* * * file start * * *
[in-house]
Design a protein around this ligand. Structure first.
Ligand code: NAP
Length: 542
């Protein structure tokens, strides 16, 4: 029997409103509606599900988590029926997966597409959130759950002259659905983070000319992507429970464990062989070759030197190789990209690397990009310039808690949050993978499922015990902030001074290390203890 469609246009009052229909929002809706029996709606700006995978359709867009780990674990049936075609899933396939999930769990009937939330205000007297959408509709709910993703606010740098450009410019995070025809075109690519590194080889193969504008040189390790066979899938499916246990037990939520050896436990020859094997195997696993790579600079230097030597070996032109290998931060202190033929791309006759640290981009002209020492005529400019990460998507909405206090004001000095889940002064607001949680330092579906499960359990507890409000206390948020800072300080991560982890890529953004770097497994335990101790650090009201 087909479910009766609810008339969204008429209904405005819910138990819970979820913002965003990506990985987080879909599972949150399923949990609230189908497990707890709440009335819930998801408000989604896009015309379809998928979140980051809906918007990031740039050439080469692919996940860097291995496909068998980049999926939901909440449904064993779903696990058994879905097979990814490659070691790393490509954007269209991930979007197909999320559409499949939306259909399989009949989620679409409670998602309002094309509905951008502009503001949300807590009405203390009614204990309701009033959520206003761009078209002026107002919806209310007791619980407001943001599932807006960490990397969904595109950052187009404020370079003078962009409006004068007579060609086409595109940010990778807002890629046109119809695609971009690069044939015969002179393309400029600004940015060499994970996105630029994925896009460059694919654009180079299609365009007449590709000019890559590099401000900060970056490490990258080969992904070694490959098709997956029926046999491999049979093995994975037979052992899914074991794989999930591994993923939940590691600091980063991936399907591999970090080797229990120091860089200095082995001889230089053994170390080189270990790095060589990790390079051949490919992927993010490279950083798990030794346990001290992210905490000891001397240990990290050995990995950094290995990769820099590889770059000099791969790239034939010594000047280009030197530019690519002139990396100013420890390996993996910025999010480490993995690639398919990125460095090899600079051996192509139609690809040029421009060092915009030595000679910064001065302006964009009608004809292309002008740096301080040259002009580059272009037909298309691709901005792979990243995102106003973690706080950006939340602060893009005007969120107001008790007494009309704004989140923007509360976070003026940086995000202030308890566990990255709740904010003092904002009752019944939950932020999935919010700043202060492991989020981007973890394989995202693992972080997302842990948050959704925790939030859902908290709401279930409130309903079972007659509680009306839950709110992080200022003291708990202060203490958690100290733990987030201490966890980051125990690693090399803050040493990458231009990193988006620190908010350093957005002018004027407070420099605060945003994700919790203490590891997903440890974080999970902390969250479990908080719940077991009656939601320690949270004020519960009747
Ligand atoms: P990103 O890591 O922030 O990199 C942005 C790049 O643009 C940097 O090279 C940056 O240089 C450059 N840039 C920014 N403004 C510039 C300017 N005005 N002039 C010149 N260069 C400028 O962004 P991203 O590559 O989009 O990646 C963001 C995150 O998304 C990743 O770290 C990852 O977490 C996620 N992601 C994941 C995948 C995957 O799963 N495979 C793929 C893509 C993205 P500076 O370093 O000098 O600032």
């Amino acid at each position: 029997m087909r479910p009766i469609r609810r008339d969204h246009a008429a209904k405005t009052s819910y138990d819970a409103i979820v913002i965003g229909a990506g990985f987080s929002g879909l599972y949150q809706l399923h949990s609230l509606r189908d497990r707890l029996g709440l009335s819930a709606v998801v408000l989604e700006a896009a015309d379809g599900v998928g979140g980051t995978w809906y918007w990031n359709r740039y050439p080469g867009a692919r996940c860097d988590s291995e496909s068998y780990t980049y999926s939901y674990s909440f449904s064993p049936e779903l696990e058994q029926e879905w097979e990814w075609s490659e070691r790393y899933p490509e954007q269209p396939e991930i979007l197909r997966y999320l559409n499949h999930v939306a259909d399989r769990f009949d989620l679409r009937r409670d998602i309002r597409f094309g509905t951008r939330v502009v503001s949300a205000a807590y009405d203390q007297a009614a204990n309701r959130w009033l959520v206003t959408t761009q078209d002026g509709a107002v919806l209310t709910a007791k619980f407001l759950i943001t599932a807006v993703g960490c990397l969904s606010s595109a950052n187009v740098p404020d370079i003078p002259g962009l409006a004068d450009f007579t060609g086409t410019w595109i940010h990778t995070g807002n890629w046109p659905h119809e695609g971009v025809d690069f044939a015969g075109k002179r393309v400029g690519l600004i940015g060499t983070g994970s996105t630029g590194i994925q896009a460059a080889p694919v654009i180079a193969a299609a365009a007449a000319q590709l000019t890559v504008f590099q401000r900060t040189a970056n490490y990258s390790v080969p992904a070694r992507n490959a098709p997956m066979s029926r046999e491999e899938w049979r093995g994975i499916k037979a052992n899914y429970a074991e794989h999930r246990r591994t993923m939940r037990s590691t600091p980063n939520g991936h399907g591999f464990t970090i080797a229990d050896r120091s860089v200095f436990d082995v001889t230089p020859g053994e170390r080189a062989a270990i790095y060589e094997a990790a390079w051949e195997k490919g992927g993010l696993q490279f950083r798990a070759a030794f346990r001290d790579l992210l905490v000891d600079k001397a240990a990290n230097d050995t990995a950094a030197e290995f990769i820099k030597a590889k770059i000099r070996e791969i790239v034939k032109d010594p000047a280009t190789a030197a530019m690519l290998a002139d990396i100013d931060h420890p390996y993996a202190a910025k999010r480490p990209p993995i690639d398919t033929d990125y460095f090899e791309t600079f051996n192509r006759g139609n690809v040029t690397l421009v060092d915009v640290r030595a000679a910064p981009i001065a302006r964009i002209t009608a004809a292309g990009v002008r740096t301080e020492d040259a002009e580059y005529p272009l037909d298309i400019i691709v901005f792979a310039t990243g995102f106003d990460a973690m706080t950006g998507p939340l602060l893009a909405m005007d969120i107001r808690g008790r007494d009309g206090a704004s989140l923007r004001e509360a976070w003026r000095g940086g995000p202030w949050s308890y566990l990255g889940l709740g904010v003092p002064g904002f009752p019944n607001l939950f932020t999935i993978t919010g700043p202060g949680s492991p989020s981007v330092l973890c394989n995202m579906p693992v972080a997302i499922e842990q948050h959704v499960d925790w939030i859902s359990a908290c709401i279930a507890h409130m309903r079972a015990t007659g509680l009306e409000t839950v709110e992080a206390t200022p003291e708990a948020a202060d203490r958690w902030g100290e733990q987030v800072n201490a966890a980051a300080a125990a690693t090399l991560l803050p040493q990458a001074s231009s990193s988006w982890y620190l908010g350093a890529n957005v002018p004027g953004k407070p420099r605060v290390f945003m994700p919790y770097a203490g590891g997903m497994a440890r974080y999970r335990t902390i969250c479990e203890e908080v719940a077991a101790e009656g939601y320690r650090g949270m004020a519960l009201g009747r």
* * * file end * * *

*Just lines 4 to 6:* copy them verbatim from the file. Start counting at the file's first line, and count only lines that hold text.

Length: 542
């Protein structure tokens, strides 16, 4: 029997409103509606599900988590029926997966597409959130759950002259659905983070000319992507429970464990062989070759030197190789990209690397990009310039808690949050993978499922015990902030001074290390203890 469609246009009052229909929002809706029996709606700006995978359709867009780990674990049936075609899933396939999930769990009937939330205000007297959408509709709910993703606010740098450009410019995070025809075109690519590194080889193969504008040189390790066979899938499916246990037990939520050896436990020859094997195997696993790579600079230097030597070996032109290998931060202190033929791309006759640290981009002209020492005529400019990460998507909405206090004001000095889940002064607001949680330092579906499960359990507890409000206390948020800072300080991560982890890529953004770097497994335990101790650090009201 087909479910009766609810008339969204008429209904405005819910138990819970979820913002965003990506990985987080879909599972949150399923949990609230189908497990707890709440009335819930998801408000989604896009015309379809998928979140980051809906918007990031740039050439080469692919996940860097291995496909068998980049999926939901909440449904064993779903696990058994879905097979990814490659070691790393490509954007269209991930979007197909999320559409499949939306259909399989009949989620679409409670998602309002094309509905951008502009503001949300807590009405203390009614204990309701009033959520206003761009078209002026107002919806209310007791619980407001943001599932807006960490990397969904595109950052187009404020370079003078962009409006004068007579060609086409595109940010990778807002890629046109119809695609971009690069044939015969002179393309400029600004940015060499994970996105630029994925896009460059694919654009180079299609365009007449590709000019890559590099401000900060970056490490990258080969992904070694490959098709997956029926046999491999049979093995994975037979052992899914074991794989999930591994993923939940590691600091980063991936399907591999970090080797229990120091860089200095082995001889230089053994170390080189270990790095060589990790390079051949490919992927993010490279950083798990030794346990001290992210905490000891001397240990990290050995990995950094290995990769820099590889770059000099791969790239034939010594000047280009030197530019690519002139990396100013420890390996993996910025999010480490993995690639398919990125460095090899600079051996192509139609690809040029421009060092915009030595000679910064001065302006964009009608004809292309002008740096301080040259002009580059272009037909298309691709901005792979990243995102106003973690706080950006939340602060893009005007969120107001008790007494009309704004989140923007509360976070003026940086995000202030308890566990990255709740904010003092904002009752019944939950932020999935919010700043202060492991989020981007973890394989995202693992972080997302842990948050959704925790939030859902908290709401279930409130309903079972007659509680009306839950709110992080200022003291708990202060203490958690100290733990987030201490966890980051125990690693090399803050040493990458231009990193988006620190908010350093957005002018004027407070420099605060945003994700919790203490590891997903440890974080999970902390969250479990908080719940077991009656939601320690949270004020519960009747
Ligand atoms: P990103 O890591 O922030 O990199 C942005 C790049 O643009 C940097 O090279 C940056 O240089 C450059 N840039 C920014 N403004 C510039 C300017 N005005 N002039 C010149 N260069 C400028 O962004 P991203 O590559 O989009 O990646 C963001 C995150 O998304 C990743 O770290 C990852 O977490 C996620 N992601 C994941 C995948 C995957 O799963 N495979 C793929 C893509 C993205 P500076 O370093 O000098 O600032």